Getting to Logan Airport is rarely fun and seldom easy. But before heading off on a trip to the Caribbean in early November, we found a little bit of both, and got a great meal in the bargain at a new, old restaurant.
Facing a ridiculously early flight, we opted to stay the night before at the Hyatt Place on Forbes Road in Braintree, a relatively new hotel opening in a complex of upscale places, including Joseph A. Bank and Starbucks. For less than $130, we got a decent room in the shiny new hotel, ample space with a king bed, giant HD TV, glassed-in shower, higher-end digs for a reasonable price. From there, we'd drive a quarter mile to Logan Express, to catch the 3:30 a.m. bus.
We walked over to the Legal Seafood in the same building as the Hyatt, and found out it had just opened four days earlier, the latest branch of the Boston-bred restaurant empire that started in 1968. It will replace the older Legal next door, which is still in use through the holidays, slated to close Jan. 31.
The new Legal is a smashing place, long, wide open, bright and airy, with huge rectangular stainless steel bar mercifully fronted with leather armrests so your forearms aren't assaulted by cold steel. There is also an oyster bar, and food bar, along the exposed kitchen. In summer, giant sliders will open to allow deck dining. In all, the place seats 220.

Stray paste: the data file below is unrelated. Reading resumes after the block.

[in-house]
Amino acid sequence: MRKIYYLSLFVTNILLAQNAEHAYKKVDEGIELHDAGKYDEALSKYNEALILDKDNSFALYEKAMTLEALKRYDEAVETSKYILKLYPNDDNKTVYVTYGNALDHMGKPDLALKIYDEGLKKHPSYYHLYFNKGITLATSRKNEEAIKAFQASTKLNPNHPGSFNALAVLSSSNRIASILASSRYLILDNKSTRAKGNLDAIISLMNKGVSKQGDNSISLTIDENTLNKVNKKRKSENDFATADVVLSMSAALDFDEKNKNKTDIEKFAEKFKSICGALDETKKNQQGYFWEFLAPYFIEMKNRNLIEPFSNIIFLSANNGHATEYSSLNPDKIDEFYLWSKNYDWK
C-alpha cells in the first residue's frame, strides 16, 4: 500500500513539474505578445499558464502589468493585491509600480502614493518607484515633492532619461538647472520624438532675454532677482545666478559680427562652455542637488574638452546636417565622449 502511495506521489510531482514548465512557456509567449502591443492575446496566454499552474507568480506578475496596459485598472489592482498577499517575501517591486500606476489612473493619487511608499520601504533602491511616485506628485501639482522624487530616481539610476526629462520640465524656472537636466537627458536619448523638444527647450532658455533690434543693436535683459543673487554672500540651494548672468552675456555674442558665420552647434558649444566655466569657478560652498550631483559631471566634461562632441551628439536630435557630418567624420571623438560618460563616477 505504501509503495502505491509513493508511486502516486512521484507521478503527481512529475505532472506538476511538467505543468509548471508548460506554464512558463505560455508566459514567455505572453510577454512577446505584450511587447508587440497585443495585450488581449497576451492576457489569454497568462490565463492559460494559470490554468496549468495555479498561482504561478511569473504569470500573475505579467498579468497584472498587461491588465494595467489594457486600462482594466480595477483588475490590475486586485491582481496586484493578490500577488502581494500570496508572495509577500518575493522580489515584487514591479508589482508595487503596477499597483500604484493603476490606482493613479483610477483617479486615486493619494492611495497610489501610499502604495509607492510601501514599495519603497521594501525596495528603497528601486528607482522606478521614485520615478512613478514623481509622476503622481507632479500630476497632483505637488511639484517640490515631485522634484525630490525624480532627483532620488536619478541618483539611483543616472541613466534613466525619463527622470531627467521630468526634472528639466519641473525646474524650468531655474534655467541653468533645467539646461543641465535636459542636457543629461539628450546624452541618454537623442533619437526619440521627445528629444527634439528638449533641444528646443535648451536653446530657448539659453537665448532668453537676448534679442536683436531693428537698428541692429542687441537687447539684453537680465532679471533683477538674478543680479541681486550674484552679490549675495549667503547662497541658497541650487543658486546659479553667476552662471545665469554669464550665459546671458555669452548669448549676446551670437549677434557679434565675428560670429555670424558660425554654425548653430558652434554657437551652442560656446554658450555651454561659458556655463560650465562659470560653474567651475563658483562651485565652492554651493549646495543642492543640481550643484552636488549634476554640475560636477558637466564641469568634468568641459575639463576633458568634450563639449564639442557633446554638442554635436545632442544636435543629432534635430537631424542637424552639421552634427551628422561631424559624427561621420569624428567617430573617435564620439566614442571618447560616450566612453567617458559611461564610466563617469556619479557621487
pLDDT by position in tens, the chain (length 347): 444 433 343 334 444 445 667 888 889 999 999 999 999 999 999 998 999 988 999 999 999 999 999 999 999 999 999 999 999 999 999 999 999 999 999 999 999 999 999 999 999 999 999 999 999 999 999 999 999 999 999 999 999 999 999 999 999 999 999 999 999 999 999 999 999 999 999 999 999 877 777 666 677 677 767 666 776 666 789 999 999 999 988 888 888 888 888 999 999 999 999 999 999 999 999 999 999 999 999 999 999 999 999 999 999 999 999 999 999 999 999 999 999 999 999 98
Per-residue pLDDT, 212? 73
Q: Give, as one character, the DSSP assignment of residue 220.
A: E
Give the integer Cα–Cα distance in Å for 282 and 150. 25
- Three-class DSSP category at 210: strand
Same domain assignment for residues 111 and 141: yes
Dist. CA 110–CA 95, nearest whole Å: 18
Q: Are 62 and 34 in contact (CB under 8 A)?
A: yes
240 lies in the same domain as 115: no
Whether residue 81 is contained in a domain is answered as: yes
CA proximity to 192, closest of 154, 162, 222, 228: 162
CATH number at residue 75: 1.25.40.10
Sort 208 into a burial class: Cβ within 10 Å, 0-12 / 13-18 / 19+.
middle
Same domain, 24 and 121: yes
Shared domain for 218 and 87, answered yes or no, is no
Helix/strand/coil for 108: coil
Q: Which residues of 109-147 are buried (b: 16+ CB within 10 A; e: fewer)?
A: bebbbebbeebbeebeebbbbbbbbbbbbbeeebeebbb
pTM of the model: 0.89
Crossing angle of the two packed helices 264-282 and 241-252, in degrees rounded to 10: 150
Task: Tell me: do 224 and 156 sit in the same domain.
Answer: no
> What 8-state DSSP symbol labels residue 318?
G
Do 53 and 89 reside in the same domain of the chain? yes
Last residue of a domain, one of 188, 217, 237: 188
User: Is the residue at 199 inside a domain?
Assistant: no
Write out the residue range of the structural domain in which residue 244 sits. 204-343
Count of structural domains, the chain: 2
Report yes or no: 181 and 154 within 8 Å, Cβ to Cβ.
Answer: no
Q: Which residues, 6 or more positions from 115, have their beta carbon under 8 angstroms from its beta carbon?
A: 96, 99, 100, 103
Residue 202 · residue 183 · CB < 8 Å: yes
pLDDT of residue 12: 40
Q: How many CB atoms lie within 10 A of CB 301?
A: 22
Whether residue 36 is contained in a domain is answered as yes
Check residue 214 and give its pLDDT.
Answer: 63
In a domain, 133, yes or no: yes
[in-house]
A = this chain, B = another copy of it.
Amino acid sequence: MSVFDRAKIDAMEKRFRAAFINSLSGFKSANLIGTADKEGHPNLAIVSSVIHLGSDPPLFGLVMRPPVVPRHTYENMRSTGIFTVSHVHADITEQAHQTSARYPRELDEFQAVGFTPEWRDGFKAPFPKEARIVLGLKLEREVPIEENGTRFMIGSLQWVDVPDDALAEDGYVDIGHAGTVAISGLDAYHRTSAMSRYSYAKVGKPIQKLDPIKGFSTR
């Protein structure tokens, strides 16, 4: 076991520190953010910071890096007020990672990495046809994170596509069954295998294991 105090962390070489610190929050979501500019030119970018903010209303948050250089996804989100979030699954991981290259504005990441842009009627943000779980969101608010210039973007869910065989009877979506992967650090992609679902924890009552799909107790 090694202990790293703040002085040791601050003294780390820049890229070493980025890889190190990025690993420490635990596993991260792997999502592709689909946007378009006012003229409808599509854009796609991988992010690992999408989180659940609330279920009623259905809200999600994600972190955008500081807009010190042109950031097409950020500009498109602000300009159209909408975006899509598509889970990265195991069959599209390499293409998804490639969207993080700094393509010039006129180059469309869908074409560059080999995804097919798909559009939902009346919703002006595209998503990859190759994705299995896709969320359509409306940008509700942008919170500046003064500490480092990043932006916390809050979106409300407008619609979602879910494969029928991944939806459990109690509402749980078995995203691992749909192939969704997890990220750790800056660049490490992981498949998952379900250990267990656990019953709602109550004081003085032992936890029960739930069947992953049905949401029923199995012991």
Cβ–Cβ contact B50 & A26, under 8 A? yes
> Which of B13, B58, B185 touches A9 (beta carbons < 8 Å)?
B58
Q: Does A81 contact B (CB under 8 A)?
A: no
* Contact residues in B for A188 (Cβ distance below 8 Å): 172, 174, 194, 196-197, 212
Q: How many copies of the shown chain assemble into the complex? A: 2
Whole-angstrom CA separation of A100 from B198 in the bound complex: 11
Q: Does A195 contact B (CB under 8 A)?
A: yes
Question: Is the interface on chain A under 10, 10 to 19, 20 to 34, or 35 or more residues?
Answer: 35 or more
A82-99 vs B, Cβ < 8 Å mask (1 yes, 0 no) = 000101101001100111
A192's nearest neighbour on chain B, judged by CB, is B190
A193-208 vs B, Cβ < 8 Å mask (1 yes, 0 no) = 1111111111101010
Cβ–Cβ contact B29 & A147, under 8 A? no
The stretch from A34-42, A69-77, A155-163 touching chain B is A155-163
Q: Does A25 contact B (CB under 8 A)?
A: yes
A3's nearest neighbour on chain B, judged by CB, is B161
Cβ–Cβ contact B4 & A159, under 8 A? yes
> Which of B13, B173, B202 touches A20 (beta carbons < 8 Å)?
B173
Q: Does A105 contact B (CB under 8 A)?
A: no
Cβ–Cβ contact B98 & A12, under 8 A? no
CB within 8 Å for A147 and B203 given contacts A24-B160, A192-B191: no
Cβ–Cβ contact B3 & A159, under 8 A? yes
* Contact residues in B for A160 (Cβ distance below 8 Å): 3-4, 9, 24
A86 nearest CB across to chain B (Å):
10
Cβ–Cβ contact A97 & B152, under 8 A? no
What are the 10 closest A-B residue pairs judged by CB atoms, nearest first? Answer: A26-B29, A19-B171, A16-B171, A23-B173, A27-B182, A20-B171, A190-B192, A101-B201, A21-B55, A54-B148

The staff was first rate, start to finish, and when our wait staffer, Erica, wasn't at our table tending to our needs, other servers stepped in. Legal Seafood fare is always good, and I was very pleased to find out, very friendly to people like me with celiac disease, with a pretty extensive gluten-free menu. Restaurant manager Emily Duranleau told me Legal was on the cutting edge of offering gluten-free options long before many other places were.
It is rare for a restaurant to offer gluten-free fried food, e.g. clams, chicken, fish, but here they do courtesy of using brown rice flour and cornmeal. Also rare is getting gluten-free bread in restaurants, but here they have pretty good dinner rolls, flavored by garlic and onion, that rival regular bread anywhere else. We didn't eat heavy, going with a chicken caesar salad, and the “vegetarian box,” with sesame soy stir-fried veggies, Thai red coconut curry sauce, cashews and shrimp. Dessert was a chocolate mouse, rich and grainy, with velvety chocolate at its core, which we feared would keep us up past our 2:30 a.m. wake-up call. Luckily, it did not.
So far, so good, and it got better. The Logan Express trip has gotten cheaper in recent years, including chopping the daily parking rate to $7 from $11, and offering a 10-pack of commuter tickets for $75, saving $35 off the regular price, a boon to frequent fliers like myself. At 3:30, the bus was jammed with mostly airport workers, looking like they'd rather be anywhere else. We tourists stuck out, by our casual attire and the smiles on our faces, heading into a day that would bring snow to Boston but us to a sunny place in the Caribbean.
Trips to the airport are rarely fun and seldom easy, but combining a stay at the Hyatt, dinner at the new Legal Seafood and a seamless ride on Logan Express, it sure came close.